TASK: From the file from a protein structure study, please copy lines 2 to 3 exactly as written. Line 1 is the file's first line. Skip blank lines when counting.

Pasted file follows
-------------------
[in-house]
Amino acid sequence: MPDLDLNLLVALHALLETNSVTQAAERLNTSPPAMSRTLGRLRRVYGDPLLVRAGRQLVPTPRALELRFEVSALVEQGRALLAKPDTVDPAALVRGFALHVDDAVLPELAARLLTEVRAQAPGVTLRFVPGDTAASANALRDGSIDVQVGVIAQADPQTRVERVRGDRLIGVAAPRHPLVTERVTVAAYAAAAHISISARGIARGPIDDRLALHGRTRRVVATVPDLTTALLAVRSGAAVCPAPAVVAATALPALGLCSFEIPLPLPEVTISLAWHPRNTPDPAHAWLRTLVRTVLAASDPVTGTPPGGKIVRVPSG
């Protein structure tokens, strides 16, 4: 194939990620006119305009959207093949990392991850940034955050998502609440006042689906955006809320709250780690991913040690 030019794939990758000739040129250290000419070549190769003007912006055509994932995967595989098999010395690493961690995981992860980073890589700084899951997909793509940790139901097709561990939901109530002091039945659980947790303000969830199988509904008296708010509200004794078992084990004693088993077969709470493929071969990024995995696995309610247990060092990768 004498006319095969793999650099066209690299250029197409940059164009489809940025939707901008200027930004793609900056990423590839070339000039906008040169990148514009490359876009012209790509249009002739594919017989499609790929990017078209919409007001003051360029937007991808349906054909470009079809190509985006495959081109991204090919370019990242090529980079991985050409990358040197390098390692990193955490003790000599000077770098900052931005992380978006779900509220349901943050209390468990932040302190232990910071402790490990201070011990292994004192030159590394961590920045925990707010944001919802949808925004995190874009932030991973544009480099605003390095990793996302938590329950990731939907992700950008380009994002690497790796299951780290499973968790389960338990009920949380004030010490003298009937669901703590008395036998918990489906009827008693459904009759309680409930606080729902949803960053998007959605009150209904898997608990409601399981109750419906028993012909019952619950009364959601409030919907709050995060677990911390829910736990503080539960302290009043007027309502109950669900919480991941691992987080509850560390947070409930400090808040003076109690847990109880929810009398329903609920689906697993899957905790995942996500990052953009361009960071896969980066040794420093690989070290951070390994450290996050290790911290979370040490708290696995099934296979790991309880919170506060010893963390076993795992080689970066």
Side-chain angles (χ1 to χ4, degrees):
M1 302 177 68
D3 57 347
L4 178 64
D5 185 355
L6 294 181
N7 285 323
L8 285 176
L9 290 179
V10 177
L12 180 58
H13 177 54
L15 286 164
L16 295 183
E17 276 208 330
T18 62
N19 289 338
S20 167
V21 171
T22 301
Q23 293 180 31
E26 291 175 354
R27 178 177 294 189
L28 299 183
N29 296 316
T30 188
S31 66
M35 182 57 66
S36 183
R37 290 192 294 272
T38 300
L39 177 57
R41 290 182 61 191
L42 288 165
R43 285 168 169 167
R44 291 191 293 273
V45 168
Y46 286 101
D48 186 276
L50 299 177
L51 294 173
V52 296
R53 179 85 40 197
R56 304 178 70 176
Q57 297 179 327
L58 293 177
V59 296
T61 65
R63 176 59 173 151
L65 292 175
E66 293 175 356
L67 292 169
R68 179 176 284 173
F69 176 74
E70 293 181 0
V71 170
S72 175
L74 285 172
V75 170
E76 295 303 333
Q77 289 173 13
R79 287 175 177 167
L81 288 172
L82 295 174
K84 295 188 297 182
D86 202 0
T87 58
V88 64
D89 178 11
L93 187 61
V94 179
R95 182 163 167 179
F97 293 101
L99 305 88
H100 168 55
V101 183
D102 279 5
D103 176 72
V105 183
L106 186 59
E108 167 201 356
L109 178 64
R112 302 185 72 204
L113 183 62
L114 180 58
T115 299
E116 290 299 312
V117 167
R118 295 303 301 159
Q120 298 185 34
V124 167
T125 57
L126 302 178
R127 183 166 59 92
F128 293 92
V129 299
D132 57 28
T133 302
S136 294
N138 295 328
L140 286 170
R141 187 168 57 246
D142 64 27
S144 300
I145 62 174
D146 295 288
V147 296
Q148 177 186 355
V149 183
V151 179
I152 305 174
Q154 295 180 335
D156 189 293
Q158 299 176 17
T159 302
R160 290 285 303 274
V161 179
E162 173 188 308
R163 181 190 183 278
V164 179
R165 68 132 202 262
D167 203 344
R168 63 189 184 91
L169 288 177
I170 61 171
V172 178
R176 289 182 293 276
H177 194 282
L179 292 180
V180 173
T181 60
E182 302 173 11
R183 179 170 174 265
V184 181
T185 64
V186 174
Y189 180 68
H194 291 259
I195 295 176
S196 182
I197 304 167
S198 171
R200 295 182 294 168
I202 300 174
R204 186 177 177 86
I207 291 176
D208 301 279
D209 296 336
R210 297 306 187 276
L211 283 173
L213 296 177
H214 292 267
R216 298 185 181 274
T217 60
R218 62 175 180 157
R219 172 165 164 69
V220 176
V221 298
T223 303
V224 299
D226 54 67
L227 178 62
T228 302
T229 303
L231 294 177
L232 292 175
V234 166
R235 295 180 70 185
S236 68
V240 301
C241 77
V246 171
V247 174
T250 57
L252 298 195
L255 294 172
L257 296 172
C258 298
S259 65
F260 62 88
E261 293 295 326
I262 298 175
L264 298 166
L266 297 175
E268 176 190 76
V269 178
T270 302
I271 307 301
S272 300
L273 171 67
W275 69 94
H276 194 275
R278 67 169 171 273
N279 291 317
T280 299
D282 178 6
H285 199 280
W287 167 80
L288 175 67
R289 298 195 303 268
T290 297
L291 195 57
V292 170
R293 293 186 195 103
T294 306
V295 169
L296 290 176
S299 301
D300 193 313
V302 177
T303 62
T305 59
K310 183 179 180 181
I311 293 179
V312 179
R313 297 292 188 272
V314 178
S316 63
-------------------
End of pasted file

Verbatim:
Amino acid sequence: MPDLDLNLLVALHALLETNSVTQAAERLNTSPPAMSRTLGRLRRVYGDPLLVRAGRQLVPTPRALELRFEVSALVEQGRALLAKPDTVDPAALVRGFALHVDDAVLPELAARLLTEVRAQAPGVTLRFVPGDTAASANALRDGSIDVQVGVIAQADPQTRVERVRGDRLIGVAAPRHPLVTERVTVAAYAAAAHISISARGIARGPIDDRLALHGRTRRVVATVPDLTTALLAVRSGAAVCPAPAVVAATALPALGLCSFEIPLPLPEVTISLAWHPRNTPDPAHAWLRTLVRTVLAASDPVTGTPPGGKIVRVPSG
């Protein structure tokens, strides 16, 4: 194939990620006119305009959207093949990392991850940034955050998502609440006042689906955006809320709250780690991913040690 030019794939990758000739040129250290000419070549190769003007912006055509994932995967595989098999010395690493961690995981992860980073890589700084899951997909793509940790139901097709561990939901109530002091039945659980947790303000969830199988509904008296708010509200004794078992084990004693088993077969709470493929071969990024995995696995309610247990060092990768 004498006319095969793999650099066209690299250029197409940059164009489809940025939707901008200027930004793609900056990423590839070339000039906008040169990148514009490359876009012209790509249009002739594919017989499609790929990017078209919409007001003051360029937007991808349906054909470009079809190509985006495959081109991204090919370019990242090529980079991985050409990358040197390098390692990193955490003790000599000077770098900052931005992380978006779900509220349901943050209390468990932040302190232990910071402790490990201070011990292994004192030159590394961590920045925990707010944001919802949808925004995190874009932030991973544009480099605003390095990793996302938590329950990731939907992700950008380009994002690497790796299951780290499973968790389960338990009920949380004030010490003298009937669901703590008395036998918990489906009827008693459904009759309680409930606080729902949803960053998007959605009150209904898997608990409601399981109750419906028993012909019952619950009364959601409030919907709050995060677990911390829910736990503080539960302290009043007027309502109950669900919480991941691992987080509850560390947070409930400090808040003076109690847990109880929810009398329903609920689906697993899957905790995942996500990052953009361009960071896969980066040794420093690989070290951070390994450290996050290790911290979370040490708290696995099934296979790991309880919170506060010893963390076993795992080689970066």